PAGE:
Hawkins v. United States of America et al

Filing 42

ORDER granting Government's 36 Motion to Dismiss for Lack of Subject Matter Jurisdiction; dismissing this case with prejudice. Signed by Judge James L. Robart. (SWT)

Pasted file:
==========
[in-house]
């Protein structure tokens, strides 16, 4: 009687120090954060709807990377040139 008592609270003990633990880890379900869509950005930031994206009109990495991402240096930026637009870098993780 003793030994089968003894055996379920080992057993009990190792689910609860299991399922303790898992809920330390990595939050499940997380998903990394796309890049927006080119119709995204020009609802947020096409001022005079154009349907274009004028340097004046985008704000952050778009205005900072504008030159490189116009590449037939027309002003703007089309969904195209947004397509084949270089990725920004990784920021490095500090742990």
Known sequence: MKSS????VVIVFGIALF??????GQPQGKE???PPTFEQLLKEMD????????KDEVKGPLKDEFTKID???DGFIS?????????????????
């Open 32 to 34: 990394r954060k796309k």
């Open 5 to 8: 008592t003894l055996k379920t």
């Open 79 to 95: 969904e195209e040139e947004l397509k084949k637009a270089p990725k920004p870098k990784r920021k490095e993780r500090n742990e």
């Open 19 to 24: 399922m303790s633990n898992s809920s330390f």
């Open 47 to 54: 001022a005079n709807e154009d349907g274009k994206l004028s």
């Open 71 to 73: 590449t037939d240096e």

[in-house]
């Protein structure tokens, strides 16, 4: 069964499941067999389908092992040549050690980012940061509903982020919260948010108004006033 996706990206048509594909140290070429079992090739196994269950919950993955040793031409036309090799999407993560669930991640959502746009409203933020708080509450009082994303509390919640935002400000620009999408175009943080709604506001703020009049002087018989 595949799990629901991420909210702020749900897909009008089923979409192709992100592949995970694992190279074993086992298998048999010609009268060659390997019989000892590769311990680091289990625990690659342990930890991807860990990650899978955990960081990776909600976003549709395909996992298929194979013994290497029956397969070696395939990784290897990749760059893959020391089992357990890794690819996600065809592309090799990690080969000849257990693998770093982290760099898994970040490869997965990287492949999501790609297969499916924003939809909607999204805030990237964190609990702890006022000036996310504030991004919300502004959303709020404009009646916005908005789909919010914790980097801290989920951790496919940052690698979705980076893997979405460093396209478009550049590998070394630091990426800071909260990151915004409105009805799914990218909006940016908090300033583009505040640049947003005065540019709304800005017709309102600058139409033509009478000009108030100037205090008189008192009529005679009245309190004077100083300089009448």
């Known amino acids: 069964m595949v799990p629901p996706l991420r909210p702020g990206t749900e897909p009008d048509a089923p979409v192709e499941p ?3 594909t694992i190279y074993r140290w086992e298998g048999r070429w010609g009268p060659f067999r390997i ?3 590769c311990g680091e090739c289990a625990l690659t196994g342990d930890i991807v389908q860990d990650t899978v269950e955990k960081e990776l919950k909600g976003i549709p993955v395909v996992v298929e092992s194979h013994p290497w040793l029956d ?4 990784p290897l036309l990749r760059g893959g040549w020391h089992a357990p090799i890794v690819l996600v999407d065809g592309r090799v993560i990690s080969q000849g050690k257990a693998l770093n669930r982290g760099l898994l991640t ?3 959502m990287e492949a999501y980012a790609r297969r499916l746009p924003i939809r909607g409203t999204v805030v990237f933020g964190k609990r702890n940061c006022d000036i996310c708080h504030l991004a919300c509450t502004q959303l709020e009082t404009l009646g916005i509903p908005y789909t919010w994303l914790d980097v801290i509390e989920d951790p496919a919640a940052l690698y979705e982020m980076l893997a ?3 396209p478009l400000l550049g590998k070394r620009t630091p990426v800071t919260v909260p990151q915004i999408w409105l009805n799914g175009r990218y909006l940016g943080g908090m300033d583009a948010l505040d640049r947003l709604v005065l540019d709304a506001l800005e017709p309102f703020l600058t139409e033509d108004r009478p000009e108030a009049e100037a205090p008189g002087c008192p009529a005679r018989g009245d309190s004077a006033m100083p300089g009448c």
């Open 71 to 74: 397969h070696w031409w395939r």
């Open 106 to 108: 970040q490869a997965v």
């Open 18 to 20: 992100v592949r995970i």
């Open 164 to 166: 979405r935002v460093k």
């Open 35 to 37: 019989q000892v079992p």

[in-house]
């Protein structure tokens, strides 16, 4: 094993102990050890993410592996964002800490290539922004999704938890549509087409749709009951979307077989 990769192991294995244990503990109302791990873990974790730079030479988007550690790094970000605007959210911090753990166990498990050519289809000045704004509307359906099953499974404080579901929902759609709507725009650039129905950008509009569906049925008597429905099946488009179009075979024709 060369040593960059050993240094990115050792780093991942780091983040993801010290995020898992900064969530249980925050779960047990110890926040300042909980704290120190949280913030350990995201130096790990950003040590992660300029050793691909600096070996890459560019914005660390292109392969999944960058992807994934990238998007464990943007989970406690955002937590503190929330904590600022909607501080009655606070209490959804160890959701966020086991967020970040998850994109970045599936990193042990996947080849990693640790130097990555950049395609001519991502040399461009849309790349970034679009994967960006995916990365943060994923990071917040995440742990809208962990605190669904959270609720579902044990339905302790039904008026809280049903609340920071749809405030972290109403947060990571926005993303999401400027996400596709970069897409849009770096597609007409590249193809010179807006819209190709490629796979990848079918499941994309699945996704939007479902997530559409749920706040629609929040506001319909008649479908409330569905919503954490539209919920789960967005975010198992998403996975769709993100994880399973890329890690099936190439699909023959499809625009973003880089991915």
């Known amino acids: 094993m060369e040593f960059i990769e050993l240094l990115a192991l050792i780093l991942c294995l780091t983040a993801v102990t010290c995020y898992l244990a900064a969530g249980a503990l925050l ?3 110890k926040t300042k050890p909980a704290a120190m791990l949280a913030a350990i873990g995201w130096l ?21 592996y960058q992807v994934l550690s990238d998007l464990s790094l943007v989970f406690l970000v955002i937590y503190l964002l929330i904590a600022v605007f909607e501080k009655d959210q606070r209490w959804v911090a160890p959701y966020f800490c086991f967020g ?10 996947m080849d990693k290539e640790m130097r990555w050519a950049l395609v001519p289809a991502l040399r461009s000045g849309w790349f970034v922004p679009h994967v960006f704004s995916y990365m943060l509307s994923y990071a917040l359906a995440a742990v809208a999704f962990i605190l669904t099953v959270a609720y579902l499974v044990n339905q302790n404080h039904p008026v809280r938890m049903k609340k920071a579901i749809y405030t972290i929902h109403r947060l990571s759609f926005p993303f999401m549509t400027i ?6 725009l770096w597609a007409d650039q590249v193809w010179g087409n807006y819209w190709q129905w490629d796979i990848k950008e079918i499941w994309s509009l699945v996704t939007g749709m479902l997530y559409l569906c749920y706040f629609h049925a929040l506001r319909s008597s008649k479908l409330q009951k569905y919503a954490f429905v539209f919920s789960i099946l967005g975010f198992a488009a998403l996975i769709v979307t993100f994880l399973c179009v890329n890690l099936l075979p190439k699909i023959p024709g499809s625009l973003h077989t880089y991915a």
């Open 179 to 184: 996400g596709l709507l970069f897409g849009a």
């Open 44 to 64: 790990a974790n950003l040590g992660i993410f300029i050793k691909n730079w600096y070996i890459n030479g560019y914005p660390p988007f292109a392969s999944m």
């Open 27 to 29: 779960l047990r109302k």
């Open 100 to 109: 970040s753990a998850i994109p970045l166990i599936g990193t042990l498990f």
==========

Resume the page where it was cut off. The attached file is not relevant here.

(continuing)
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1 2 3 4 5 6 7 UNITED STATES DISTRICT COURT WESTERN DISTRICT OF WASHINGTON AT SEATTLE 8 9 10 SABELITA HAWKINS, CASE NO. C16-0498JLR Plaintiff, 11 v. 12 13 UNITED STATES OF AMERICA, et al., 14 ORDER GRANTING MOTION TO DISMISS FOR LACK OF SUBJECT MATTER JURISDICTION Defendants. 15 I. INTRODUCTION 16 Before the court is Defendant United States of America’s (“the Government”) 1 17 motion to dismiss for lack of subject matter jurisdiction. (Mot. (Dkt. # 36).) Plaintiff 18 19 20 21 22 1 In its July 31, 2017, order on the Government’s prior motion to dismiss, the court dismissed with prejudice Defendants Department of Veterans Affairs (“VA”), VA Puget Sound Health Care System, John Does 1-10, and Jane Does 1-10 because the Government is the only proper defendant in a Federal Tort Claims Act (“FTCA”) action. (See 7/31/17 Order (Dkt. # 23) at 1-2 n.1 (citing Lance v. United States, 70 F.3d 1093, 1094 (9th Cir. 1995); Kennedy v. United States Postal Serv., 145 F.3d 1077, 1078 (9th Cir. 1998); Heine v. Vilsack, No. 1:12-CV-01992-AWI-SMS, 2014 WL 7447619, at *2 (E.D. Cal. Dec. 31, 2014)).) Although the ORDER - 1 1 Sabelita Hawkins opposes the Government’s motion. (Resp. (Dkt. # 38).) The court has 2 considered the Government’s motion, the parties’ submissions in support of and in 3 opposition to the motion, the relevant portions of the record, and the applicable law. 4 Being fully advised, 2 the court GRANTS the Government’s motion for the reasons set 5 forth below. 6 7 II. A. 8 9 BACKGROUND Factual History This matter arises from a mental health breakdown that Ms. Hawkins allegedly suffered as a result of workplace bullying at the VA hospital at which she worked. (See 10 Compl. (Dkt. # 1) ¶ 4.3-4.4; Claim (Dkt. # 1-1) at 4.) Ms. Hawkins alleges that on 11 October 22, 2011, she suffered a psychotic episode at work resulting from three years of 12 workplace bullying and a failed meeting to address that bullying. (Compl. ¶¶ 4.4-4.5; 13 Claim at 4.) After this psychotic episode, Ms. Hawkins was admitted to 14 Swedish-Edmonds Hospital for observation on October 22, 2011. (Id. ¶ 4.5.) After her 15 release, Ms. Hawkins followed up with resident physician Daniel Doan at the Veterans 16 Hospital Women’s Clinic on October 26, 2011. (Compl. ¶ 4.6.) Ms. Hawkins told Dr. 17 Doan that she was experiencing insomnia, anxiety, depression, and difficulty 18 // 19 20 21 Ninth Circuit vacated the court’s July 31, 2017, judgment at the Government’s request (see Dkt. ## 30, 31), the court reiterates its conclusion that the Government is the only proper defendant in an FTCA claim and dismisses with prejudice the VA, VA Puget Sound Health Care System, John Does 1-10, and Jane Does 1-10. 2 22 Neither party requests oral argument, and the court concludes that oral argument is unnecessary. See Local Rules W.D. Wash. LCR 7(b)(4). ORDER - 2 1 concentrating that interfered with her daily activities. (Id. ¶ 4.7; see also Claim at 4 2 (stating that Ms. Hawkins informed Dr. Doan she was suffering “worsening insomnia, 3 extreme anxiety, severe depression, difficulty concentrating[,] and nervousness”).) Ms. 4 Hawkins allegedly requested that Dr. Doan prescribe lorazepam, but Dr. Doan allegedly 5 declined that request due to that medication’s habit-forming characteristics. (Compl. 6 ¶ 4.7.) Dr. Doan instead prescribed Zoloft for Ms. Hawkins’s anxiety and depression. 7 (Id. ¶ 4.8.) Ms. Hawkins further alleges that Dr. Doan recommended she avoid drugs and 8 alcohol and “follow up with her outside Bellevue Counselor.” (Id. ¶ 4.9.) Despite Dr. 9 Doan’s recommendations, Ms. Hawkins asserts that her anxiety and insomnia worsened. 10 11 (Id.) On November 16, 2011, Ms. Hawkins followed up with Dr. Doan and complained 12 that the medication Dr. Doan had prescribed was not working. (Id. ¶ 4.10.) Dr. Doan 13 allegedly told Ms. Hawkins that she had not given Zoloft enough time to effectively 14 work. (Id.) Later that month, on November 30, 2011, Dr. Carl Jensen evaluated Ms. 15 Hawkins to determine whether she could return to work. (Id. ¶ 4.11.) According to Ms. 16 Hawkins, Dr. Jensen diagnosed her with post-traumatic stress disorder (“PTSD”) during 17 that evaluation and did not prescribe any additional medication for Ms. Hawkins’s 18 anxiety and insomnia. (Id. ¶ 4.12.) 19 Ms. Hawkins alleges that she further deteriorated in December 2011 after 20 prolonged sleeplessness over two to three days. (Id. ¶ 4.13.) Due to the lack of sleep, 21 Ms. Hawkins alleges that on December 15, 2011, she became psychotic again. (Id.) 22 During this episode, she attacked her mother and was arrested. (Id.; Claim at 4.) ORDER - 3 1 B. Procedural History 2 1. Administrative Claims 3 Ms. Hawkins filed two relevant administrative claims: (1) an FTCA claim to the 4 VA for the doctors’ alleged malpractice in treating Ms. Hawkins after the workplace 5 psychotic episode (see Claim at 2, 4-5); and (2) a claim under the Federal Employees 6 Compensation Act (“FECA”), 5 U.S.C. § 8101 et seq., for the PTSD, psychotic disorder, 7 and depression that Ms. Hawkins alleges she suffered at work as a result of workplace 8 bullying (see Sykes Decl. (Dkt. # 40) ¶ 4, Ex. B (“FECA Claim”) at 1-2). 9 Ms. Hawkins filed her FTCA claim with the VA on October 24, 2013. (See Claim 10 at 2.) The VA denied that claim on April 18, 2014, concluding that “there was no 11 negligent or wrongful act on the part of an employee of the [VA] acting within the scope 12 of his or her employment.” (Denial (Dkt. # 1-2) at 2).) On October 1, 2014, Ms. 13 Hawkins requested that the VA reconsider its denial. (Recons. (Dkt. # 1-3) at 2-4.) 14 Ms. Hawkins’s FECA claim proceeded at a much slower pace. Ms. Hawkins filed 15 that claim on October 23, 2014. (See 7/25/17 Johnson Decl. (Dkt. # 20) ¶ 3, Ex. E 16 (“Hawkins Dep.”) at 75:23-79:12 (stating that Ms. Hawkins filed her FECA claim with 17 the VA on October 23, 2014); FECA Claim at 2 (identifying received date of October 23, 18 2014).) Although Ms. Hawkins filed her FECA claim in October 2014, the Department 19 of Labor Office of Workers’ Compensation Program (“OWCP”) did not begin processing 20 Ms. Hawkins’s claim until October 2017. 3 (See 6/21/19 Johnson Decl. (Dkt. # 37) ¶ 2, 21 3 22 The Government alleges that this delay occurred because Ms. Hawkins incorrectly filed her FECA claim with the VA instead of the Department of Labor. (See Mot. at 2 n.2.) During ORDER - 4 1 Ex. A (“Notice of Decision”) at 1 (stating that the Department of Labor sent Ms. 2 Hawkins a notice of claim deficiencies on October 4, 2017).) On April 27, 2018, the 3 OWCP issued a Notice of Decision denying Ms. Hawkins’s claim. (See Notice of 4 Decision.) The OWCP stated that it had considered evidence submitted by Ms. Hawkins 5 and concluded that “the evidence does not establish that you were injured in the 6 performance of a duty as required for coverage under [FECA].” (See id. at 2-4.) The 7 OWCP found that there was insufficient evidence to establish workplace bullying or any 8 error or abusive action by the VA in administering the meeting to address Ms. Hawkins’s 9 claims of bullying. (See id. at 3-5.) As such, Ms. Hawkins had failed to establish “that 10 [she] sustained an emotional condition that arose during the course of employment and 11 within the scope of compensable work factors as defined by the FECA.” (Id. at 5.) The 12 Government alleges that Ms. Hawkins did not exercise her right to appeal the OWCP’s 13 decision, and Ms. Hawkins does not dispute that claim. (See Mot. at 4; Resp. at 1-4.) 14 2. Federal Court Litigation 15 On April 6, 2016, after Ms. Hawkins’s administrative FTCA claim had been 16 denied, but while her administrative FECA claim remained pending, Ms. Hawkins filed 17 this lawsuit. (See Dkt.) She brings an FTCA claim on theories of negligence, medical 18 malpractice, corporate negligence, and violation of Washington’s Vulnerable Adult 19 Protection Act, RCW 74.34. (Compl. ¶¶ 5.1-5.32.) Ms. Hawkins seeks damages of 20 $1,500,000.00 for “serious personal injuries, pain and suffering[,] and mental anguish.” 21 22 her deposition, Ms. Hawkins acknowledged that she initially filed this claim with the VA. (See Hawkins Dep. at 77:19-78:9, 79:13-23.) ORDER - 5 1 (Id. ¶¶ 6.1-6.2.) Ms. Hawkins also seeks special damages, including out-of-pocket costs, 2 medical costs, lost income, loss of household services, and other special damages in an 3 amount to be proven at trial. (Id. ¶ 6.3.) Ms. Hawkins contends that the Government is 4 liable for negligence in her treatment and the supervision of her treatment because the 5 treatments Drs. Doan and Jensen prescribed did not work, the doctors did not suggest any 6 treatment for insomnia, and the doctors’ care fell below that of a reasonably prudent 7 physician. (See id. ¶¶ 4.15-4.22.) 8 9 On July 31, 2017, the court concluded that it lacked subject matter jurisdiction over this case because Ms. Hawkins’s injuries gave rise to a colorable claim under FECA, 10 which meant that her FTCA claims were preempted. (See 7/31/17 Order at 7-12.) The 11 court recognized that, where a court determines that FECA may deprive it of jurisdiction, 12 the proper course is to stay the case pending a determination by the Secretary of Labor on 13 the plaintiff’s FECA claim. (See id. at 12-13.) Despite that general rule, however, the 14 court reasoned that a stay pending a decision from the Secretary of Labor would be 15 inappropriate because Ms. Hawkins’s complaint was time-barred. (See id. at 13-16.) 16 Thus, the court dismissed Ms. Hawkins’s case without prejudice. (See id.) 17 On August 30, 2017, Ms. Hawkins appealed the court’s order dismissing her case. 18 (Notice of Appeal (Dkt. # 25).) While that appeal was pending, the OWCP issued its 19 notice of decision denying Ms. Hawkins’s FECA claim. (See Notice of Decision.) After 20 the OWCP’s decision, the Government moved to voluntarily remand this case and vacate 21 the court’s judgment dismissing Ms. Hawkins’s action so that it could file the current 22 motion to dismiss for lack of subject matter jurisdiction. (See JSR (Dkt. # 34) at 1-2.) ORDER - 6 1 The Court of Appeals for the Ninth Circuit granted the Government’s unopposed motion 2 and remanded this case with instructions to vacate. (See 2/26/19 Order (Dkt. # 31).) 3 The Government now requests that the court dismiss this case for lack of subject 4 matter jurisdiction based on the OWCP’s decision denying Ms. Hawkins’s FECA claim. 5 (See Mot. at 5-10.) Specifically, the Government alleges that the OWCP determined that 6 Ms. Hawkins’s claim alleged the type of injuries covered by FECA, which means this 7 court lacks jurisdiction over Ms. Hawkins’s FTCA claims. (See id.) The court now 8 addresses the Government’s motion. 9 III. 10 A. 11 ANALYSIS Legal Standard A motion to dismiss pursuant to Federal Rule of Civil Procedure 12(b)(1) tests 12 the court’s subject matter jurisdiction. See Safe Air for Everyone v. Meyer, 373 F.3d 13 1035, 1039 (9th Cir. 2004); see also Oregon v. Legal Servs. Corp., 552 F.3d 965, 969 14 (9th Cir. 2009) (“An objection that a federal court lacks subject matter jurisdiction may 15 be raised at any time.”). “When a motion to dismiss attacks subject-matter jurisdiction 16 under Rule 12(b)(1) on the face of the complaint, the court assumes the factual 17 allegations in the complaint are true and draws all reasonable inferences in the plaintiff’s 18 favor.” City of L.A. v. JPMorgan Chase & Co., 22 F. Supp. 3d 1047, 1052 (C.D. Cal. 19 2014). A defendant may also mount a factual challenge, which the court resolves by 20 considering extrinsic evidence. See Wolfe v. Strankman, 392 F.3d 358, 362 (9th Cir. 21 2004). When a party raises the question of subject matter jurisdiction by factual motion, 22 // ORDER - 7 1 the plaintiff bears the burden of establishing the court’s jurisdiction by “furnish[ing] 2 affidavits or other evidence.” Meyer, 373 F.3d at 1039. 3 B. 4 The Government’s Motion The sole issue presented by the Government’s motion is whether Ms. Hawkins’s 5 complaint pleads injuries that are preempted by FECA. (See Mot. at 5-10.) Subject to 6 certain exceptions not relevant here, FECA provides “compensation . . . for the disability 7 or death of an employee resulting from personal injury sustained while in the 8 performance of his [or her] duty.” 5 U.S.C. § 8102(a). FECA is the exclusive remedy for 9 a federal employee’s injury on the job. See id. § 8116(c) (“The liability of the United 10 States . . . under this subchapter . . . is exclusive and instead of all other liability . . . .”). 11 Thus, where a plaintiff’s injury is “of the ‘type’ covered by FECA,” FECA preempts all 12 other statutory remedies arising under the same facts—including FTCA claims like the 13 ones pleaded by Ms. Hawkins. See Moe v. United States, 326 F.3d 1065, 1068 (9th Cir. 14 2003) (“FECA’s exclusivity provision bars recovery under the FTCA . . . .”). Whether 15 the injury falls within FECA’s scope “is a question that must be answered by the federal 16 courts, because it is one of jurisdiction.” Id. If FECA applies, “the federal courts should 17 dismiss any action arising under the same facts for lack of subject matter jurisdiction.” 18 Id.; Figueroa v. United States, 7 F.3d 1405, 1407-08 (9th Cir. 1993). 19 The court already concluded that it lacked subject matter jurisdiction over this 20 action because “Ms. Hawkins’s FTCA claim colorably falls within FECA’s scope.” 21 (7/31/17 Order at 10.) Specifically, the court determined that Ms. Hawkins alleged that 22 she suffered a physical injury—“emotional distress coupled with her extreme ORDER - 8 1 sleeplessness”—that arose as a result of three years of workplace harassment and a 2 psychotic episode that took place at work, and that these allegations were sufficient to 3 raise a “colorable” FECA claim. (See id. at 9-10.) In reaching that conclusion, the court 4 addressed and rejected two arguments that Ms. Hawkins offered in support of her 5 contention that FECA did not preempt her FTCA claims: “(1) the workplace incident 6 exacerbated symptoms [Ms. Hawkins] experienced ‘some 15 years earlier,’ and (2) [Ms. 7 Hawkins’s] treating physicians subsequently caused the injuries upon which her [FTCA] 8 claim is based.” (See id. at 10-12.) The court rejected these arguments because FECA 9 applies to existing injuries exacerbated by a workplace event and to claims of medical 10 malpractice arising from the treatment of a workplace injury. (See id.) Ultimately, the 11 court held that “Ms. Hawkins’s injuries—even if they stem from earlier injuries or result 12 from the alleged medical malpractice—give rise to a colorable FECA claim, divesting the 13 court of jurisdiction over her FTCA claim.” (Id. at 12.) 14 At the time of the court’s prior order, the OWCP had not yet addressed Ms. 15 Hawkins’s FECA claim. (Compare Notice of Decision (dated April 27, 2018) with 16 7/31/17 Order.) The court noted that where there is a “substantial question regarding 17 FECA coverage,” courts should stay an action pending a determination by the Secretary 18 of Labor on the FECA claim instead of dismissing for lack of jurisdiction. 4 (See 7/31/17 19 // 20 21 22 4 Although the court recognized that other courts had taken this approach to FECA preemption claims, the court ultimately determined that a stay was pointless in this case because Ms. Hawkins’s claims were time-barred. (See 7/31/17 Order at 13-16.) The Government no longer asserts that this case is time-barred. (See generally Mot.) As such, that issue is no longer before the court. ORDER - 9 1 Order at 12-13.) Now that the OWCP has issued its decision, there is no longer a 2 substantial question regarding FECA coverage. The OWCP concluded, as the court did, 3 that Ms. Hawkins’s claims were FECA claims. (See Notice of Decision at 2-5.) 4 Although the court is confident in this conclusion, the court notes that the 5 OWCP’s decision is not a model of clarity on this issue. The first line of the OWCP’s 6 decision states: “Your claim for compensation is denied because the evidence does not 7 establish that you were injured in the performance of duty as required for coverage under 8 [FECA].” (Id. at 1.) At first glance, that topline conclusion suggests that the OWCP 9 found that Ms. Hawkins’s claims were not, in fact, “covered” by FECA. However, the 10 remainder of the decision makes clear that the OWCP reviewed the evidence submitted 11 by Ms. Hawkins, determined that she raised the type of claims covered by FECA, but 12 denied her claim because she lacked evidence to support her allegations. (See id. at 3-5.) 13 For example, in response to Ms. Hawkins’s claim that she was injured as a result of her 14 co-worker’s failure to attend the mediation, the OWCP noted that “coverage will be 15 afforded [under FECA]” for injuries caused by “error or abuse on the part of the 16 employing establishment” in handling administrative matters like employment 17 mediations. (See id. at 4.) But the OWCP concluded that “[t]he evidence does not 18 establish that the employing agency erred or acted abusively when the other employee 19 failed to show for the mediation.” (Id.) Similarly, in response to Ms. Hawkins’s claims 20 of harassment by her supervisor, the court noted that “actions of an employee’s 21 supervisor which the employee characterizes as harassment may constitute a factor of 22 employment giving rise to coverage under [FECA],” but found that Ms. Hawkins’s ORDER - 10 1 harassment allegations were not supported by “any independent evidence.” (Id. at 4-5.) 2 As this analysis from the OWCP shows, the OWCP determined that Ms. Hawkins alleged 3 FECA claims, but failed to substantiate those claims. (See id. at 3-5.) In other words, as 4 the OWCP more precisely concluded, “[Ms. Hawkins’s] case is denied (not because an 5 emotional condition sustained in performance of duty would not be covered) but rather 6 because the evidence is insufficient to establish that a medical condition arose during the 7 course of employment and within the scope of compensable work factors.” (Id. at 3.) 8 FECA preemption applies in cases like Ms. Hawkins’s case where the Department 9 of Labor determines that the claimant alleged a claim of workplace injury but failed to 10 support that claim with sufficient evidence on the merits. See, e.g., Bennett v. Barnett, 11 210 F.3d 272, 277 (5th Cir. 2000) (“While Bennett submitted her claim, it was not denied 12 because of lack of coverage under the FECA, but for lack of proof. By ruling on the 13 sufficiency of the evidence, the Secretary thought coverage existed. Thus, the district 14 court did not have jurisdiction to try the claim.”); Smith v. Nicholson, 287 F. App’x 402, 15 404 (5th Cir. 2008) (holding that where the Secretary of Labor denied a workplace injury 16 claim “not for lack of coverage under FECA, but for insufficiency of proof,” that denial 17 was “fatal to [the plaintiff’s] federal court action”); Gonzalez v. United States, No. 18 12CV5408LDHRLM, 2016 WL 11468593, at *3 (E.D.N.Y. Aug. 31, 2016) (“[T]he 19 OWCP denied Plaintiff’s administrative complaint for insufficient evidence. Such a 20 denial was a determination on the merits, and, therefore, the OWCP determined that 21 Plaintiff’s claim was within the FECA’s coverage. Accordingly, this Court is deprived of 22 subject matter jurisdiction to adjudicate this claim.”); Borden v. United States, No. ORDER - 11 1 3:10CV374TSL-MTP, 2011 WL 4060227, at *2 (S.D. Miss. Aug. 26, 2011) (concluding 2 that “[the Secretary of Labor’s] dismissal for lack of sufficient proof of a compensable 3 injury was a dismissal on the merits, and ‘is fatal to his federal court action.’” (citing 4 Smith, 287 F. App’x at 404)); Scott v. U.S. Postal Serv., No. CIV A 05-0002 RWR, 2006 5 WL 2787832, at *4 (D.D.C. Sept. 26, 2006), aff’d, 258 F. App’x 333 (D.C. Cir. 2007) 6 (“[E]ven though Scott was ultimately denied compensation under FECA [by the 7 Employees Compensation Appeals Board (“ECAB”)] based on a lack of competent 8 medical evidence, that is immaterial to the issue of the Court’s jurisdiction.”); Keller v. 9 Dalton, No. 95-CV-0712, 1996 WL 36893, at *3 (E.D. Pa. Jan. 29, 1996) (holding that 10 the court lacked jurisdiction over claims where the OWCP “found that FECA’s coverage 11 extended to Plaintiff, [but] ruled that the evidence before it was insufficient to support the 12 ‘alleged mistreatment’ of Plaintiff”); Lewis v. Cisneros, No. CIV. A. 94-3267, 1995 WL 13 33662, at *2 (E.D. La. Jan. 27, 1995) (dismissing case for lack of jurisdiction because 14 “[t]he Order [from the Department of Labor] expressly denies plaintiff’s claims for lack 15 of evidence, not for jurisdictional flaws”); Cardwell v. United States, No. CIV. A. 92- 16 0107, 1992 WL 368495, at *3 (E.D. Pa. Dec. 3, 1992), aff’d, 6 F.3d 778 (3d Cir. 1993) 17 (inferring that the ECAB determined “that plaintiff’s claim is cognizable under the 18 FECA” because the ECAB “ruled on the merits of plaintiff’s FECA claim). 19 This rule makes good sense, and the court adopts it here. Even though the Ninth 20 Circuit has not yet explicitly adopted this rule, it has held that the FECA preemption 21 inquiry should focus on whether the plaintiff’s injury is “of the ‘type’ covered by FECA.” 22 See Moe, 326 F.3d at 1068. That guidance is in step with the rule articulated in the cases ORDER - 12 1 cited above that FECA preemption applies where a plaintiff alleges a workplace injury 2 but fails to prove those allegations on the merits. If a plaintiff comes to federal court with 3 allegations that are “of the type” that fall under FECA, the court lacks jurisdiction and 4 must dismiss so that the Department of Labor can adjudicate the claim. See id. That the 5 plaintiff may ultimately fail to prove his or her allegations and obtain compensation in the 6 Department of Labor proceeding does not mean that the plaintiff can escape FECA’s 7 preemptive grasp and file tort claims based on the same workplace injury in federal court. 8 See Smith, 287 F. App’x at 404 (“If the Secretary concludes that a claim is governed by 9 FECA, the courts have no jurisdiction either to review that determination or to consider 10 the underlying claim. This is true whether or not the Secretary ultimately allows benefits 11 under FECA.”). 12 Here, the OWCP determined that Ms. Hawkins’s allegations were “of the type” 13 covered by FECA, but that her allegations were insufficient because Ms. Hawkins did not 14 provide enough evidence to support them. (See Notice of Decision at 2-5.) The court has 15 no jurisdiction to review that decision. See 5 U.S.C. § 8128(b); see also Smith, 287 F. 16 App’x at 404 (“If the Secretary concludes that a claim is governed by FECA, the courts 17 have no jurisdiction either to review that determination or to consider the underlying 18 claim.”). Thus, the court lacks subject matter jurisdiction over Ms. Hawkins’s FTCA 19 claims, and the court GRANTS the Government’s motion. 5 The court therefore 20 5 21 22 Even if the court could review the OWCP’s decision and consider the merits of the arguments submitted by Ms. Hawkins, doing so would not change the outcome of this case. Ms. Hawkins made three arguments in support of her claim that her injuries do not fall under FECA: (1) that her “mental decompensation” is not an injury covered by FECA; (2) that her FTCA ORDER - 13 1 DISMISSES Ms. Hawkins’s case against the Government WITH PREJUDICE and 2 without leave to amend. 6 3 4 IV. CONCLUSION For the foregoing reasons, the court GRANTS the Government’s motion (Dkt. 5 # 36) and DISMISSES this case WITH PREJUDICE. 6 Dated this 30th day of September, 2019. 7 8 A 9 JAMES L. ROBART United States District Judge 10 11 12 13 14 15 16 17 18 19 20 21 22 malpractice claims are factually separate from her FECA claims; and (3) her injuries were pre-existing and, as such, not covered by FECA. (See Resp. at 6-10.) The court rejected each of these arguments in its prior order (see 7/31/17 Order at 7-12) and would do so again here if it had authority to do so. 6 Dismissal without leave to amend is appropriate only when the court is satisfied that the deficiencies in the complaint could not possibly be cured by amendment. Jackson v. Carey, 353 F.3d 750, 758 (9th Cir. 2003) (citing Chang v. Chen, 80 F.3d 1293, 1296 (9th Cir. 1996)); Lopez v. Smith, 203 F.3d 1122, 1127 (9th Cir. 2000). Here, no amendment can get around FECA’s preemptive reach. See Cervantes v. Countrywide Home Loans, Inc., 656 F.3d 1034, 1041 (9th Cir. 2011) (explaining that dismissal without leave to amend is proper when amendment would be futile). Accordingly, the court dismisses Ms. Hawkins’s complaint without leave to amend. ORDER - 14